A vintage e-store with eccentric charm

Home accessories and lighting are hand-picked for their quirky aesthetic

Toothand Claw is not, by any means, the only e-store promising to bring us vintagelighting and home accessories – “vintage” is the buzziest of buzz words ininterior circles. However, the founders of this site, Andrea Websterand Jamie Carless, have a quirky aesthetic honed in the subcultures of thefashion and music scenes, so their take on the vintage look is refreshinglyoriginal. The period they deal in – 1920s to 1970s – may be familiar but thepieces are not: forget clean-lined, midcentury Scandinavian modernism andthink stylised 1950s lamp stands made from brass and pottery (midcenturymodernist American 1950s Thunderbird lamps, £165) and boudoir chicleatherette stools (1950s Chesterfield-style waisted stool, £90; third picture).

Thesite is divided into nine departments ranging from “Art and Objet” through to“Living Room”, via “Barwear”, “Bedroom/Bathroom”, “Dining/Tableware”, “Gifts for Her”, “Gifts for Him”, “Kitchen” and“Lighting”. However, this is not a place for targeted shopping – notmany consumers would arrive at the site knowing they wanted a 1930s tie pressfor example (£35) but having seen those decorative nautical stars and sectionsof inlaid burr walnut veneer, few would be able to resist adding it to theirbasket, especially during the festive season.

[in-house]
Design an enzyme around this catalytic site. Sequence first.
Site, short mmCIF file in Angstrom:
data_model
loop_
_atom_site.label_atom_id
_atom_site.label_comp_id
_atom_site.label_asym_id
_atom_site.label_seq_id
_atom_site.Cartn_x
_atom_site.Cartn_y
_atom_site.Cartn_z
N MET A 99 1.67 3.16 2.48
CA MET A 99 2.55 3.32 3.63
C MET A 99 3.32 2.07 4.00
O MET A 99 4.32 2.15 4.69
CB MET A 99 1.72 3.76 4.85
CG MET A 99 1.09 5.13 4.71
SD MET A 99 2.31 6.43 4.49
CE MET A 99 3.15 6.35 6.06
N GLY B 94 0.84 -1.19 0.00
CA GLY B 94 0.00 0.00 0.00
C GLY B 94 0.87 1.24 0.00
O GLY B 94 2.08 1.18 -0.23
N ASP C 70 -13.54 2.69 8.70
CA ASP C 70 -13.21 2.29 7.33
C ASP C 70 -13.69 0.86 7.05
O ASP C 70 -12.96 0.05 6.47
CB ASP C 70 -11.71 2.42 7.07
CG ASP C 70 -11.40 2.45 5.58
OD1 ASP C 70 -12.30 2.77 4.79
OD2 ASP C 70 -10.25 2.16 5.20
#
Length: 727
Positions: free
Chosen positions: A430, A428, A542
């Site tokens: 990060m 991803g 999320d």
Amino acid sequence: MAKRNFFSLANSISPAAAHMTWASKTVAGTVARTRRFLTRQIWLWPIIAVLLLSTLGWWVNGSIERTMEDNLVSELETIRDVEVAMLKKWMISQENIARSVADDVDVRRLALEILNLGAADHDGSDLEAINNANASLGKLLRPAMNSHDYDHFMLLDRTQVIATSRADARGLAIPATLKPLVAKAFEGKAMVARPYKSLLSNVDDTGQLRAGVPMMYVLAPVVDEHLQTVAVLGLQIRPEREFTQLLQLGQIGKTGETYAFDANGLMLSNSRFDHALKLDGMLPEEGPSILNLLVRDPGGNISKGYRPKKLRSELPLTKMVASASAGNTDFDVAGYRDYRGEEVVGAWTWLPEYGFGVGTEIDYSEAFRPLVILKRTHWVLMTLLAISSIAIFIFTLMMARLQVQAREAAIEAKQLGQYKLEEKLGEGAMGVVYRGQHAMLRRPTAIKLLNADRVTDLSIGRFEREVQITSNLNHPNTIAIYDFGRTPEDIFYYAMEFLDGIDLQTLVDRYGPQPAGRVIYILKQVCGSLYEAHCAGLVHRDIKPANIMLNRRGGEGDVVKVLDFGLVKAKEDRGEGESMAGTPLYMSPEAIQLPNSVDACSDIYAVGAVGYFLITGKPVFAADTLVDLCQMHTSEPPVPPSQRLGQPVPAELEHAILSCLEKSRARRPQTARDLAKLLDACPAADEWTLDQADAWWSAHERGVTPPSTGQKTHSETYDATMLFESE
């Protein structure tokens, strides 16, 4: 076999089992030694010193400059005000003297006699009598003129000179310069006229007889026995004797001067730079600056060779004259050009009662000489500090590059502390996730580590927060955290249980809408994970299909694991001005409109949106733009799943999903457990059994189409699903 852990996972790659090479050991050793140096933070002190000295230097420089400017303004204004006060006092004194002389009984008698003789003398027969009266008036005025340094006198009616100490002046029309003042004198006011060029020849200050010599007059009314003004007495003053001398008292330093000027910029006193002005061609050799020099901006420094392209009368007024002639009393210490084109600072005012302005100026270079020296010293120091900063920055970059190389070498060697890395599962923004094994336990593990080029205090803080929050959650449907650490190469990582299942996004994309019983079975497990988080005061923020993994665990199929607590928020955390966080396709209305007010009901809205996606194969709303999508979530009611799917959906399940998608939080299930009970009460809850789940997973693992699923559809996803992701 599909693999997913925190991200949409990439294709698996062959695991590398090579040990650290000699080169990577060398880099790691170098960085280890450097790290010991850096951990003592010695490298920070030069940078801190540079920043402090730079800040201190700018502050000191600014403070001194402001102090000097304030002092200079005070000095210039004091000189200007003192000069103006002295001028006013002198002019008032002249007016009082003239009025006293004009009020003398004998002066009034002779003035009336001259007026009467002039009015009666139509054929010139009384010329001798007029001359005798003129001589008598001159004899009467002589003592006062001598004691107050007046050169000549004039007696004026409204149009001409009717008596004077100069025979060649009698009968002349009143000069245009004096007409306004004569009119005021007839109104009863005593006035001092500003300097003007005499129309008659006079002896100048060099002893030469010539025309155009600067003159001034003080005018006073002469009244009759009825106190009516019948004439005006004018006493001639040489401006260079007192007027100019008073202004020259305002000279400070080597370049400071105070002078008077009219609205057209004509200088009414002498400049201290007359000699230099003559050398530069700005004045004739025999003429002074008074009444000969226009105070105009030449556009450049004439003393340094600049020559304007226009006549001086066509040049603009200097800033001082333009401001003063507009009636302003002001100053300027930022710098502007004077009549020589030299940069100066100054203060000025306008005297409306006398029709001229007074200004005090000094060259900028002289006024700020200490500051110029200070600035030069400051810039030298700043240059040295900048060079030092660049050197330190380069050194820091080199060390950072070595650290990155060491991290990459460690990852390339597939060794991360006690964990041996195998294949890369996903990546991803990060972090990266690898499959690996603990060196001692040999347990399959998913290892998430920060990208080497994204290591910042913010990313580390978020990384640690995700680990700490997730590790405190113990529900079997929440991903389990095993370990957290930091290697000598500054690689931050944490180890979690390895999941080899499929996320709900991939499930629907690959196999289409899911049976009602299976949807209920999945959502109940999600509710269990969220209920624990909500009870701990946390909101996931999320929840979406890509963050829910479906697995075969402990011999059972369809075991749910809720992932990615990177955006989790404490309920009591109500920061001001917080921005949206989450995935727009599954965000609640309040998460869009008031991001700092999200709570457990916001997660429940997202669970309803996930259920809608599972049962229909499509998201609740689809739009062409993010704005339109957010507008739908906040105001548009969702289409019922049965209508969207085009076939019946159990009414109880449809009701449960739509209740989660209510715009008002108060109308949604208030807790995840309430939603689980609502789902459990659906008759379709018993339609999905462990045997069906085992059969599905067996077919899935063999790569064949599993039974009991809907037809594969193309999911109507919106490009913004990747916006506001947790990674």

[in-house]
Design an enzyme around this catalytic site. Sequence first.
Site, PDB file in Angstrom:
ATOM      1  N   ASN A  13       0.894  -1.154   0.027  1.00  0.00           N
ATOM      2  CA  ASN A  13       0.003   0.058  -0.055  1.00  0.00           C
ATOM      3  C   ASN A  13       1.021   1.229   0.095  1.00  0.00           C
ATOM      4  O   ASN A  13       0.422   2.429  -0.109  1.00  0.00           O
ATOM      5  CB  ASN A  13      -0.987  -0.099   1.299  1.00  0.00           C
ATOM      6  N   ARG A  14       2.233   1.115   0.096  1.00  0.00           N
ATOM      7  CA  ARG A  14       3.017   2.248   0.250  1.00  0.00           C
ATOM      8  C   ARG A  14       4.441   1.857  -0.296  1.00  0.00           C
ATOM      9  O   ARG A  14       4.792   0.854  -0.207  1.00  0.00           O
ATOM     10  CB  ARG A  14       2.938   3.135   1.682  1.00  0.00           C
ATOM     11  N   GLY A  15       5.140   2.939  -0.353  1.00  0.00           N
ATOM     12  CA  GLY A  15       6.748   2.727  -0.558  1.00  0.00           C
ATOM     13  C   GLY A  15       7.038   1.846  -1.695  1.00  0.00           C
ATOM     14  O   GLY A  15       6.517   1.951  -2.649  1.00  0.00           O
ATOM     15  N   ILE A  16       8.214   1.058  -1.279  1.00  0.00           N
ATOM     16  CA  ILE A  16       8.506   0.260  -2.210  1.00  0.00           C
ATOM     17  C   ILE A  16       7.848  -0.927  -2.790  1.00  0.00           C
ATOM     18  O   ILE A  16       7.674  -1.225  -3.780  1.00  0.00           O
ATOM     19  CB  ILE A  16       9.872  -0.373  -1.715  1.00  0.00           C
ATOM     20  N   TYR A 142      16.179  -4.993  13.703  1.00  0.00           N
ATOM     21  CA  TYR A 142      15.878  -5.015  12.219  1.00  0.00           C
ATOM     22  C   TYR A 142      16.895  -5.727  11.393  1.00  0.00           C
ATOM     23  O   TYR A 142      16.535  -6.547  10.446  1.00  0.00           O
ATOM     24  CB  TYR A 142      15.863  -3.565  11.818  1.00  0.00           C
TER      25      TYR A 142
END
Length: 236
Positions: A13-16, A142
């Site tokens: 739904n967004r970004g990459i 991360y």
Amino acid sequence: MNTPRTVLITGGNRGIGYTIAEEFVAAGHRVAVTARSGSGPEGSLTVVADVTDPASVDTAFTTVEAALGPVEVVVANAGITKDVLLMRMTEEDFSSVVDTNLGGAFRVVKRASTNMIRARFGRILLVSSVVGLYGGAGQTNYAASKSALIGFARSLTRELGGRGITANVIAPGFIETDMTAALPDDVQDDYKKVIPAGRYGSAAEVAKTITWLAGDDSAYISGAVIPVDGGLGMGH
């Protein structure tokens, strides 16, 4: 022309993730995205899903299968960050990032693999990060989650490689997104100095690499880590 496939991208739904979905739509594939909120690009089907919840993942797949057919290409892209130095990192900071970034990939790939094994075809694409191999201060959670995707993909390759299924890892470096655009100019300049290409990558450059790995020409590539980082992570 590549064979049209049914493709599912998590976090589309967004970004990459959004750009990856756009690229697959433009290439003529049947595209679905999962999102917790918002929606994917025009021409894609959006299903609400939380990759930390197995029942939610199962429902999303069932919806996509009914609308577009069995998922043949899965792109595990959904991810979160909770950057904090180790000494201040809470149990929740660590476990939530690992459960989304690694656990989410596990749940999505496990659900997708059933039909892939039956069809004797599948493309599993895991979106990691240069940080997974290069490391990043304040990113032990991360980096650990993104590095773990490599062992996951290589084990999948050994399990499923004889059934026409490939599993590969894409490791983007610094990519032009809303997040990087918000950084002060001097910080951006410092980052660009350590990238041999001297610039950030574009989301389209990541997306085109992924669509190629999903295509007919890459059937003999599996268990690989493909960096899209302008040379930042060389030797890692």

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The1930s Odeon art-deco decanter and shot glasses (first picture, £85) and midcentury glass andcopper coffee set (second picture, £60) would also make ideal gifts. This latter piece was madeby German glass manufacturer Jena Schott Mainz, who was instrumental in theBauhaus movement and produced heatproof glass for teapots designed by WilhelmWagenfeld – facts to be discovered by clicking on “open item description”.Background information is a vital part of the vintage shopping experience andthese product biographies have been written with considerable care. Webster andCarless clearly know and love their specialism.

Virtualvintage stores often never quite capture the dusty charms of theirbricks-and-mortar siblings but Tooth and Claw, with its low-lit home page anddistinctive voice, comes pretty close.

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